Nelle Harper Lee wrote a seminal work of fiction in the 20th century: To Kill A Mockingbird. It would be the only published work the Alabama author would give to the world, but it was more than enough.
The book was ground-breaking in so many ways. Published at a time (1960) when the eyes of America, and indeed the world, were focused on civil rights in the South, where the shameful ugliness of racism was brought front and center into the living rooms of millions of people and its dastardly proponents – Strom Thurmond, George Wallace, and the Ku Klux Klan, to name just a few – spewed their vitriol in thick-tongued, ignorant voices that I sincerely hope (a lot of this happened, including this book, before I was born) embarrassed and discomfited most Southerners, To Kill A Mockingbird showed a decent South, a fair South, a kind South, and a principled South in stark contrast to what was played out as the South in the rest of the media.
Harper Lee wrote against the tide of her time and of her state of birth. That act took courage. That act took fortitude. And that act took strength.
Lee was unprepared, in large part because of her temperament, for the crush of publicity and visibility that the immediate success of To Kill A Mockingbird brought with it. The author vowed, after a short uncomfortable stint in the limelight in the year after the novel’s publication, never to publish anything again.
Lee left New York and returned to live with her older sister, Alice Lee, in their hometown of Monroeville, Alabama, where the author lived a quiet, reclusive, and insular life, hidden from the public view.
Alice, an attorney, handled all the publishing and legal affairs around it, for Harper until Alice’s death in November 2014 at the age of 103.
Harper suffered a stroke several years prior to Alice’s death and the stroke caused enough neurological damage to begin Harper’s journey into dementia. Additionally, she had become profoundly deaf and was almost blind at the time of Alice’s death.
Three months after Alice’s death, Tonia Carter, an attorney with Alice’s law firm in Monroeville (who had taken control of Harper’s affairs – whether sanctioned by Alice or simply because she could is unknown), announced the “sudden” appearance of a new Harper Lee manuscript (entitled Go Set A Watchman) that Harper had “forgotten about,” but had agreed to publish now that it had been discovered.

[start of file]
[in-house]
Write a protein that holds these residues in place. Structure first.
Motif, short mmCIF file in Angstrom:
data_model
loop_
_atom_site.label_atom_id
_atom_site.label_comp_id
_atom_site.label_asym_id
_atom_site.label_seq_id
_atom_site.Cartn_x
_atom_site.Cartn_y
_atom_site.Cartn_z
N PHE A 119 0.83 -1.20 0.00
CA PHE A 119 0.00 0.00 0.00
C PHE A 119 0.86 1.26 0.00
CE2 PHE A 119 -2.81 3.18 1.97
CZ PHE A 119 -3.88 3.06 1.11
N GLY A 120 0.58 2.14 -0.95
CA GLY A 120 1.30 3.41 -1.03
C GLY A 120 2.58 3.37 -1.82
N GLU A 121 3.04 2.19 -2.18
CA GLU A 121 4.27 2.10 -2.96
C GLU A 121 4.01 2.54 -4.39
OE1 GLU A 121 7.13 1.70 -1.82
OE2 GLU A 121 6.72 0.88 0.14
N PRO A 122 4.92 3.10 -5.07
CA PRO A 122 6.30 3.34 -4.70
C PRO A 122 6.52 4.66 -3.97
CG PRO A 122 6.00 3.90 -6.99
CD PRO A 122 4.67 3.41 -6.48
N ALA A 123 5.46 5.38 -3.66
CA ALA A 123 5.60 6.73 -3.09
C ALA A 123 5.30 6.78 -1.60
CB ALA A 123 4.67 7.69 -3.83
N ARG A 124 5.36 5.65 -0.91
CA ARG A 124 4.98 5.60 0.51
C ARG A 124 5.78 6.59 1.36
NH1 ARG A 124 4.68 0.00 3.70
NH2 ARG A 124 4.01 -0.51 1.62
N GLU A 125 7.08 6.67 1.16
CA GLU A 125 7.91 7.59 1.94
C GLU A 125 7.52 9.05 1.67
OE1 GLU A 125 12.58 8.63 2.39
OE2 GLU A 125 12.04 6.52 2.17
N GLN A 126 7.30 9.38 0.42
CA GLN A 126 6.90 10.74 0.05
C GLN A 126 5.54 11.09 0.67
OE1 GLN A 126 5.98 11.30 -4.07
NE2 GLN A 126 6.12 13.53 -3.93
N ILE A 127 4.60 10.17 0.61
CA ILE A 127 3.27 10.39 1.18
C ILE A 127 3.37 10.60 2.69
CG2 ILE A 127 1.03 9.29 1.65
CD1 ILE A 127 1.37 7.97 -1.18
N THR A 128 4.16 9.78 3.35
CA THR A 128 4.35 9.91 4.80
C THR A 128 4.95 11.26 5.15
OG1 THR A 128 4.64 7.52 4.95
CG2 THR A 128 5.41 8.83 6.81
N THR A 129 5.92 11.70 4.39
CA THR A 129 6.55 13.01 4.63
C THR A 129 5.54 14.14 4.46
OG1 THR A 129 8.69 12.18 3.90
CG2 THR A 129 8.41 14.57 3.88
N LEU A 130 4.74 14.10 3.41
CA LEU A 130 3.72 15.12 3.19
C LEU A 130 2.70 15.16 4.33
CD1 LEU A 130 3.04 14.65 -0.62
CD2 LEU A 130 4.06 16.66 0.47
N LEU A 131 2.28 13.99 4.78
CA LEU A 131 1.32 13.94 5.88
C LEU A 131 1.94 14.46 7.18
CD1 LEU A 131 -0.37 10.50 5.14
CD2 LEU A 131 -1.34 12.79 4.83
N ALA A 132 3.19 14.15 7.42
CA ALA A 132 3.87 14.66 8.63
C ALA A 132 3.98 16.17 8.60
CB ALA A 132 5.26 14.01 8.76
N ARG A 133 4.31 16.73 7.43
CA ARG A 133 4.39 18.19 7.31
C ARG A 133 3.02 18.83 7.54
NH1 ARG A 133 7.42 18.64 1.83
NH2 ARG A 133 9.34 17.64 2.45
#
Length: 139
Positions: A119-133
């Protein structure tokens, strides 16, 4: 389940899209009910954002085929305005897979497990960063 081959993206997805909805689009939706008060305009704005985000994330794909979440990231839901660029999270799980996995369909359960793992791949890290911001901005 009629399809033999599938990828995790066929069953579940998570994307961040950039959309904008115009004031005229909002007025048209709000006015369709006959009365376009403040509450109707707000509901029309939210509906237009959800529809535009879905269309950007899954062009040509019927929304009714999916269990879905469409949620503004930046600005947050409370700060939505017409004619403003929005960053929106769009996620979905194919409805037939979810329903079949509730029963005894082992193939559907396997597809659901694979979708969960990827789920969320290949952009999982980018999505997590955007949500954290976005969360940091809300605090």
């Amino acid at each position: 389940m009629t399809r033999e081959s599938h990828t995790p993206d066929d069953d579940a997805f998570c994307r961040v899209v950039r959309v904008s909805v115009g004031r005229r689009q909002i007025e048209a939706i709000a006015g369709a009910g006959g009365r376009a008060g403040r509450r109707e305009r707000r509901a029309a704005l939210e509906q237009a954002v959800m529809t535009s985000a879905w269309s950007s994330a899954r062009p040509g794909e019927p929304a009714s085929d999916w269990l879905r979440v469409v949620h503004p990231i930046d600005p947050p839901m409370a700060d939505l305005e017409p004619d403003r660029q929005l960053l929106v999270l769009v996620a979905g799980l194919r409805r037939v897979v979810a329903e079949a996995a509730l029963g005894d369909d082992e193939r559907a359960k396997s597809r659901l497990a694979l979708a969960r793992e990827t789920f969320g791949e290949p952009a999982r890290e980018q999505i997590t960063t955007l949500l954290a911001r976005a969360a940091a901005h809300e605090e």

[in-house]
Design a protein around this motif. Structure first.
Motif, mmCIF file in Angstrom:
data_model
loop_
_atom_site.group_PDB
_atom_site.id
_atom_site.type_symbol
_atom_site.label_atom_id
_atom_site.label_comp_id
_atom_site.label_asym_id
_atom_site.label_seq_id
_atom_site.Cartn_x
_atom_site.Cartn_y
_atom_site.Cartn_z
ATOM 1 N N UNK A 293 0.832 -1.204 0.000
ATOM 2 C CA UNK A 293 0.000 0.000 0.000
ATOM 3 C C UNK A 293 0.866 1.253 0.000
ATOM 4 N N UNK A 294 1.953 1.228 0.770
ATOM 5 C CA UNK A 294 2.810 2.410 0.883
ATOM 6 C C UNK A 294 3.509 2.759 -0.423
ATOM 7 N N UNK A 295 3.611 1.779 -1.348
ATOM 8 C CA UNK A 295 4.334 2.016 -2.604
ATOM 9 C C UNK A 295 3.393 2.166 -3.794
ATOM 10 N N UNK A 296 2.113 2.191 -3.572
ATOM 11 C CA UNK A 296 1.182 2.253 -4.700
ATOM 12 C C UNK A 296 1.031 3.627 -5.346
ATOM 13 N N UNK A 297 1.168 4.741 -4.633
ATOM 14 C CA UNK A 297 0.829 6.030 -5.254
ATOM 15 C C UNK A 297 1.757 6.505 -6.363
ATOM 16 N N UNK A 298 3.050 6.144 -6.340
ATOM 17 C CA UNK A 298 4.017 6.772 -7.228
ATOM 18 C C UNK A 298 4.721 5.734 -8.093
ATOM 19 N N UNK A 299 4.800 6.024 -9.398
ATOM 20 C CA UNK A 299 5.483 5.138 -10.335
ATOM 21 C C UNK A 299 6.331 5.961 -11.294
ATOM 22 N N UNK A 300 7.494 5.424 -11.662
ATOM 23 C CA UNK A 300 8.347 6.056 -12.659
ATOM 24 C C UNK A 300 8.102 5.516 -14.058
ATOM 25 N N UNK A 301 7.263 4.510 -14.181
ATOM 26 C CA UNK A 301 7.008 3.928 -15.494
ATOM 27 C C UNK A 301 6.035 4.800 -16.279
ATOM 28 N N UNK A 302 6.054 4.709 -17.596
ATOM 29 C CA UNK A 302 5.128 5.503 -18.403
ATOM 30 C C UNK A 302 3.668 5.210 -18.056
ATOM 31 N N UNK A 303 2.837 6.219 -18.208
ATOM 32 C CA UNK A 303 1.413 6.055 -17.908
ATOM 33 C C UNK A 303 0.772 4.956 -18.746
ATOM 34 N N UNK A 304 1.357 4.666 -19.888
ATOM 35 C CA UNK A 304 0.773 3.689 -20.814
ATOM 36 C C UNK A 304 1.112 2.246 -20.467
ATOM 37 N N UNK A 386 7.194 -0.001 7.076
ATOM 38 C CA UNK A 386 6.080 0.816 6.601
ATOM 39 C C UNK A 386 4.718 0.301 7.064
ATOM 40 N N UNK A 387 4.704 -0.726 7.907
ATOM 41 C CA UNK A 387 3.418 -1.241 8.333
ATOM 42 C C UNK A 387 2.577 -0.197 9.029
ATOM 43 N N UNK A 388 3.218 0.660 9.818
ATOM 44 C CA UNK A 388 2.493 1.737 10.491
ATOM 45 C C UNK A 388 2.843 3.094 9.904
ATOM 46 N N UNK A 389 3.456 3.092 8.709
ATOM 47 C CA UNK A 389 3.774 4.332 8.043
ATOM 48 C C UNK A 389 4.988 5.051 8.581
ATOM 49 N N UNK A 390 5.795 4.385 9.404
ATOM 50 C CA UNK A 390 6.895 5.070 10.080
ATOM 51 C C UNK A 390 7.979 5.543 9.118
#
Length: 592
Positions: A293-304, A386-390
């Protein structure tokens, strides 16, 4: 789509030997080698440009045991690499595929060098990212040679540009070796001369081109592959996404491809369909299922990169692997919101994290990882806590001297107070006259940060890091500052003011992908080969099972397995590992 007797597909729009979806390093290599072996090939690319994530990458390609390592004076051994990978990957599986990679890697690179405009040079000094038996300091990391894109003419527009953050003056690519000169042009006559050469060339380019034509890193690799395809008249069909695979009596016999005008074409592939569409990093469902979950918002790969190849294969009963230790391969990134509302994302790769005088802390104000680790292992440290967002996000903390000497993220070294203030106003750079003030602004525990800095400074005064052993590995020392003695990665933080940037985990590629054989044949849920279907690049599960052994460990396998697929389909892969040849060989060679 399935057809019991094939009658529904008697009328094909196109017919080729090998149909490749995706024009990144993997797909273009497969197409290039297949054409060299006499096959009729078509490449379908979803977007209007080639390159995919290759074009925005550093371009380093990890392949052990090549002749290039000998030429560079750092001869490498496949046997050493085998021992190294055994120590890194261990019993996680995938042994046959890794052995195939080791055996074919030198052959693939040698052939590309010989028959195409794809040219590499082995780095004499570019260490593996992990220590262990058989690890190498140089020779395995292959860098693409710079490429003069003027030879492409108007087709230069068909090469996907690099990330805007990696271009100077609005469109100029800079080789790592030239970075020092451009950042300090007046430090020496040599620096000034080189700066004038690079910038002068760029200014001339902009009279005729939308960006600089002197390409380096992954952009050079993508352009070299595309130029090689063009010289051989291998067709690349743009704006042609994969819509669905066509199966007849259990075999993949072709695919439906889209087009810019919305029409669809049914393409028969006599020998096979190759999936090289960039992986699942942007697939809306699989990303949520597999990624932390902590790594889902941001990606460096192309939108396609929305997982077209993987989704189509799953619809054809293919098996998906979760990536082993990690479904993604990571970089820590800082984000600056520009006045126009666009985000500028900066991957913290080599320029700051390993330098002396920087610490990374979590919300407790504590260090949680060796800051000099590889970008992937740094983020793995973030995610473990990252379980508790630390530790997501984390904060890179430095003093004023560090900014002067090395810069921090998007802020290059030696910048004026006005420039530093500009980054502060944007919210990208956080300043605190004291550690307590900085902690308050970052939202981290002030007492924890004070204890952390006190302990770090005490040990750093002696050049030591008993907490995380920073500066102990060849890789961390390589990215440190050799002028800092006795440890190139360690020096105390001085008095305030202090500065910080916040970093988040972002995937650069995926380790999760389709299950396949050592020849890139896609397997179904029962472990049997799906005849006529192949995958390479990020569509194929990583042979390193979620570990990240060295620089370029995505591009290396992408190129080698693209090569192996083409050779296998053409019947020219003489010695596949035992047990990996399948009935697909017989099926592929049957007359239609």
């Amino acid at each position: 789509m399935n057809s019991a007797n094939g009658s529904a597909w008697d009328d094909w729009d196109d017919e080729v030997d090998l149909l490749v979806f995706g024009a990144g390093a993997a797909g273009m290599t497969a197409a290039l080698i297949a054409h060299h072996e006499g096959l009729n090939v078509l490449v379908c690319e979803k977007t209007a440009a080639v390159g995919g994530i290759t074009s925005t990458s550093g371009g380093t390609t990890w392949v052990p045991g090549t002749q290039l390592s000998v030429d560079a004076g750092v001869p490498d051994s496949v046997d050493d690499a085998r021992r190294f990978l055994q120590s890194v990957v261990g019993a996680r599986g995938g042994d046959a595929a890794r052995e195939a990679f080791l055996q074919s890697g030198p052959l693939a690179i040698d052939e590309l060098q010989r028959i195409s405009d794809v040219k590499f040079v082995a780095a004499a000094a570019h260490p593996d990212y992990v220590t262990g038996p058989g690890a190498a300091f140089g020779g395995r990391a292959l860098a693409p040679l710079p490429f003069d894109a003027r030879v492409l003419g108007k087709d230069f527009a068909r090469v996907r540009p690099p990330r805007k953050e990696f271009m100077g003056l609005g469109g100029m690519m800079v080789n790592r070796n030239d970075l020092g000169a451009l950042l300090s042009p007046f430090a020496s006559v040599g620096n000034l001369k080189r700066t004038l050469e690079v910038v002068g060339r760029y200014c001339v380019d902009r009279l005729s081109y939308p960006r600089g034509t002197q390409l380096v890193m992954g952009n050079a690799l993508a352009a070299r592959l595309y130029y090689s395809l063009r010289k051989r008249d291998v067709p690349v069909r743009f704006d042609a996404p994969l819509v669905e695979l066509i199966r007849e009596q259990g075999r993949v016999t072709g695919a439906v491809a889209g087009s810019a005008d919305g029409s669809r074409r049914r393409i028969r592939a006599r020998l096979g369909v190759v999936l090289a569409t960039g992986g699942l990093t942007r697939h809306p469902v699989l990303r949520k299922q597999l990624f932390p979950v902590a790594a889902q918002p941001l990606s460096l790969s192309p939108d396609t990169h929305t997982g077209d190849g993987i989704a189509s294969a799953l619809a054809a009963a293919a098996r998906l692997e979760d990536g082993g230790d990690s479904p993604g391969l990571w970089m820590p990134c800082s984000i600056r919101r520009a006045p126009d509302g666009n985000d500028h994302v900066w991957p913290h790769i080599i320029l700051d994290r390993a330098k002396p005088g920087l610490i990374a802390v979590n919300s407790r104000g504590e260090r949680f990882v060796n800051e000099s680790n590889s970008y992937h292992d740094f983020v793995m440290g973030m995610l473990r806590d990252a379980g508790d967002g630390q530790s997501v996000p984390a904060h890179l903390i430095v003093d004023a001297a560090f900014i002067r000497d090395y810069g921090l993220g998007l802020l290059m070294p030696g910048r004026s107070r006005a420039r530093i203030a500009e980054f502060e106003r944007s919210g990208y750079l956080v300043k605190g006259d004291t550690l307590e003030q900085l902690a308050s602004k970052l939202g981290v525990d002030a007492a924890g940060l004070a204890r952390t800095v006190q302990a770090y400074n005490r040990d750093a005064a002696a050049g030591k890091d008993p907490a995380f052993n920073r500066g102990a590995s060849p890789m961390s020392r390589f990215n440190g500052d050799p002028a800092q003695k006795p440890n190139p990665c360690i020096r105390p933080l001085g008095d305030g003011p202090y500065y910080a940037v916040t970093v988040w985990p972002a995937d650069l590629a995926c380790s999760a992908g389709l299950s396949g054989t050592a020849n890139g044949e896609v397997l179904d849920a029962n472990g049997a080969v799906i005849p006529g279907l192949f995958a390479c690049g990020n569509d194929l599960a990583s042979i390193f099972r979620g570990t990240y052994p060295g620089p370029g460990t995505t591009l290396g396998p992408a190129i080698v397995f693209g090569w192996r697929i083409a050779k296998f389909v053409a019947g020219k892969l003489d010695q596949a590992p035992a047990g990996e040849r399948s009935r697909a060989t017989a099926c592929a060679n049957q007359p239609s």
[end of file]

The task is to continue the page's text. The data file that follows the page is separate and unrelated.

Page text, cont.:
For those of us who knew Harper Lee’s testimony that she would never publish a book again, this threw up many red flags. Because I knew that Harper had suffered a stroke and was on the dementia journey, I got angry because I knew she was being taken advantage of and somebody – Tonia Carter and others – were guilty of elder abuse and cashing in on the name and legacy of someone who was helpless to fight it (and with Alice gone, had no advocate to fight for her) and who was not involved in any way, shape or form with this book.
A horrendous act of fraud against Harper Lee and on the reading public was perpetuated and nobody batted an eye (the book was an instant bestseller, but it was not Lee’s writing, and it destroyed everything that To Kill A Mockingbird had created).
This fraud and elder abuse against Harper Lee is not just my opinion. It’s an open secret.
For anyone who will take the time to think critically about the author, about the events after her sister’s death, when Harper was totally vulnerable physically and mentally, and do the research (I have from day 1 of that announcement), it’s clear that Tonia Carter, along with many others, are guilty of elder abuse against Harper Lee at the very least.
It is reprehensible. It is a crime. And it is inhuman and inhumane.
Would that I could take every vulnerable person in our society into my arms and under my wings for protection, care, and advocacy, because I would do it in a heartbeat. Unfortunately, I don’t have the kind of resources that would require, but if I did, that would be my life’s work.
I have zero tolerance for this kind of behavior toward the vulnerable among us. And Harper Lee was one of those in her final years.
Harper Lee died on February 19, 2016.